Because transactions on the residential market have stagnated since Autumn 2008, most developers have started to rent the constructed apartments. Some are now considering flipping the projects into aparthotels. But experts are sceptical about this makeover.
“Businessmen do not want to live in a residential neighbourhood,” says Ashkenazi. “They want to live in a central area and have services as close as possible to luxury.” Also an aparthotel project needs supplementary costs for facilities and employees, which means higher investments than the developer had initially planned. “Hiring different kinds of employees and adjusting the residential concept to an aparthotel may be too difficult for developers,” says Hercesa’s Alejandro Solano. “Renting the apartments on the long term would be easier and more profitable.”
Additional reporting: Alexandra Pehlivan and Ana Maria Nitoi

Range of choice

■ Comfort Suites
16 Blvd Nicolae Balcescu
With three types of apartments, single room and one and two bedroom, the 27 Comfort Suites have Internet access, cable TV and air conditioning. Some also have bathrooms with a jacuzzi. Breakfast can be served in the lobby.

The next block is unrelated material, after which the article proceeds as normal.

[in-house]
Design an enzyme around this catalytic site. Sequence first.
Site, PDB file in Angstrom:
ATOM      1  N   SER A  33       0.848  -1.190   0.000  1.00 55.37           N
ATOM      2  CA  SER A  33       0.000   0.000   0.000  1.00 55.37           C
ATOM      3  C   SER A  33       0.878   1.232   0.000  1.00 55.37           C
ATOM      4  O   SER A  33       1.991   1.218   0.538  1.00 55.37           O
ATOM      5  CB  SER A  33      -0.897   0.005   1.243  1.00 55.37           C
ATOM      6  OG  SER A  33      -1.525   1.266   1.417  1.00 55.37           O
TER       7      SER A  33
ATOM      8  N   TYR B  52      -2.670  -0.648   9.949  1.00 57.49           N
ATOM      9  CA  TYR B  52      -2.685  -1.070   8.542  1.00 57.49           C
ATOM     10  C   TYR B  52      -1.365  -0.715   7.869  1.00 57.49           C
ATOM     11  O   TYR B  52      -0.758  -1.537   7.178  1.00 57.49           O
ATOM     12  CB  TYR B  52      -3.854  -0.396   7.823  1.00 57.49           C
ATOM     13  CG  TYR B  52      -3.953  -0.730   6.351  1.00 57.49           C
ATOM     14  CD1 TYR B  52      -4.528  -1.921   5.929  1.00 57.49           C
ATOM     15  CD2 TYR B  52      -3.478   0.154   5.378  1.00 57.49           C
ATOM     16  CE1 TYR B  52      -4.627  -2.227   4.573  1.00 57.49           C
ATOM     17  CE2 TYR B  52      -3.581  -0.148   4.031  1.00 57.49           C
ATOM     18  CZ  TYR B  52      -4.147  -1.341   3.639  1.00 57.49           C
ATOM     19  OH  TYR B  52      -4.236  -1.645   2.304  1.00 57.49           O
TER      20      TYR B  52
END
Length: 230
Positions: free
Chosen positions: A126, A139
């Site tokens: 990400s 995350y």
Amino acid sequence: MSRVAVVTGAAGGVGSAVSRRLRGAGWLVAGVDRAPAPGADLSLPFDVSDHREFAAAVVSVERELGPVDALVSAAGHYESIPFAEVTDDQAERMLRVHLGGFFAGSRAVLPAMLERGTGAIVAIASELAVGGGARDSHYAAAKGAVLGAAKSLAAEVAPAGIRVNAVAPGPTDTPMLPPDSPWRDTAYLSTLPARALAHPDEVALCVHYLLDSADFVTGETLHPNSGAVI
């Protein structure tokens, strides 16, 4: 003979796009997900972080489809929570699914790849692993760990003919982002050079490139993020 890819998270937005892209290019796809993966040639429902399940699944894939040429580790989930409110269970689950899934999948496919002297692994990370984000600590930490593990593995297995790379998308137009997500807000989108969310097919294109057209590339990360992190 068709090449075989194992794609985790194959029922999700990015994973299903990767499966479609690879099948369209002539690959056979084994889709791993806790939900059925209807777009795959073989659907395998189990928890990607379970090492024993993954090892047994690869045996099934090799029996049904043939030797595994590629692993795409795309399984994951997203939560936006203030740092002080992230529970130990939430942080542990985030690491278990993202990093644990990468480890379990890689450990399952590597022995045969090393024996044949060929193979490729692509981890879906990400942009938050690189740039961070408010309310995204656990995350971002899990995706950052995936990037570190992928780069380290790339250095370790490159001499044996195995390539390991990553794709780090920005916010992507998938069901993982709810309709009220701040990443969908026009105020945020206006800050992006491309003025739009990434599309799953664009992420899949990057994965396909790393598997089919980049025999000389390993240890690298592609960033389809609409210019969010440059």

■ Stil Suites
22 Strada Maltopol (Unirii), 10 Strada Chile (Dorobanti) and 40-42 Strada Cuza Voda (Victoriei)
Aparthotel Unirii includes 14 one and two-room apartments with fully equipped kitchens, TV, wireless Internet and bath tubs with hydro-massage and chromotherapy. All meals can be served in the room. Cleaning services and transfer to the airport are also available at extra costs. The rack rate is 45 Euro per night. Aparthotel Victoriei has nine one- and two-room apartments and provides the same services as Piata Unirii at the same tariffs. Aparthotel Dorobanti in a two floor building with six one-room apartments and offers the same services at 49 Euro per night.

■ Centre Ville Elite Apartments
63-81 Calea Victoriei